Wednesday, November 19, 2008

Three Paths to Sacred Music


In conversations over the years with people who have caught the sacred music bug, I've noticed certain patterns over how they initially came to fall in love with Gregorian chant and polyphony, the music codified as proper to the Roman Rite.

There are patterns that emerge in one's life experiences that correspondent in an interesting way to Church teaching on the marks of sacred music itself, and I seriously doubt that these patterns are a coincidence. You might recognize yourself in these patterns.

I'll start with my own story because of its familiarity. My own background in religious music was in a Baptist church that spared no expense in putting together over-the-top production numbers. We had a well-paid music minister, a choir of 50 voices, and we frequently hired full-scale orchestras to play on Christmas and Easter. These productions came complete with t-shirts and advertising blitzes. We sang Handel and Mendelssohn, and our ideal was driven by visions of brass choirs on balconies and hundreds of voices singing praises. The more the better was our motto.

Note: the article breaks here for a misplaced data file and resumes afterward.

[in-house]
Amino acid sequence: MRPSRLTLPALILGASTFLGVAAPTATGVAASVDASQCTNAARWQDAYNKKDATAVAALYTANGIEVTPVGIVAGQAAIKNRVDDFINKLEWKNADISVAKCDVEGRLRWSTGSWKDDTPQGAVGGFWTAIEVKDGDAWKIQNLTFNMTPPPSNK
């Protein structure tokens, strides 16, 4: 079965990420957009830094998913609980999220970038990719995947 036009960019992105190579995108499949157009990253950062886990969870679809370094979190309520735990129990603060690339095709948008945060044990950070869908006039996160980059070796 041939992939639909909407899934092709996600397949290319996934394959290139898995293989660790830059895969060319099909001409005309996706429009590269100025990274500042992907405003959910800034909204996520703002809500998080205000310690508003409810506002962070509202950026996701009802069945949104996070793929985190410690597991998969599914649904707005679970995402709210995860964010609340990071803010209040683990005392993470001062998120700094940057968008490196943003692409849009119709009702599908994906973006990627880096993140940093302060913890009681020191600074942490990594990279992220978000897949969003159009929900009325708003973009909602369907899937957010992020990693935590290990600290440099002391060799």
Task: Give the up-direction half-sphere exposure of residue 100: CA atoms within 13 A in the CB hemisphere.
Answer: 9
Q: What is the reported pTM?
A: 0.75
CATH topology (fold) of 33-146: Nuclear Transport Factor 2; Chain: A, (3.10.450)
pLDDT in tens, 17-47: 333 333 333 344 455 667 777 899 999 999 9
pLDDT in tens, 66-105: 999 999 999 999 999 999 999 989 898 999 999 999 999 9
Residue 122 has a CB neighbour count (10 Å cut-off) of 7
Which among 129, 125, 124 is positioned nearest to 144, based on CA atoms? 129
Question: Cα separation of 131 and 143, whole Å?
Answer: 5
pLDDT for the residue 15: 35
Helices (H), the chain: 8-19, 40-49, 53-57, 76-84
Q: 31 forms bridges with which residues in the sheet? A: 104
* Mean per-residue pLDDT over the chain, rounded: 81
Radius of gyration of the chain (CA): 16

Then one day in my early 20s I stumbled into a Catholic Mass in which a single priest who was in his 80s chanted the Mass from the altar. There were no instruments. His voice was weak and old. His pitch was uncertain. There was no choir, no pomp, no advertising, no t-shirts, and the people who attended—mostly poor people—mostly just knelt and prayed as the simple notes were chanted by the celebrant.

What struck me was the overwhelming humility of the entire exercise, and how it achieved something that could not be bought or achieved through purely human efforts. It buried the ego completely. It was holy. That was the key. It actually arrived at the place that sacred music was striving for, and did it without any accouterments or pomps. The sound of it touched me to the very depths of my heart and I came to understand the place of music in the faith in a completely different way.

I returned for many weeks with a tape recorder and recording this priest singing the Mass, and listened all weekdays, morning and night, striving to understand how it was that something so simple and so humble could be so powerful, so real, so authentic, so salvific.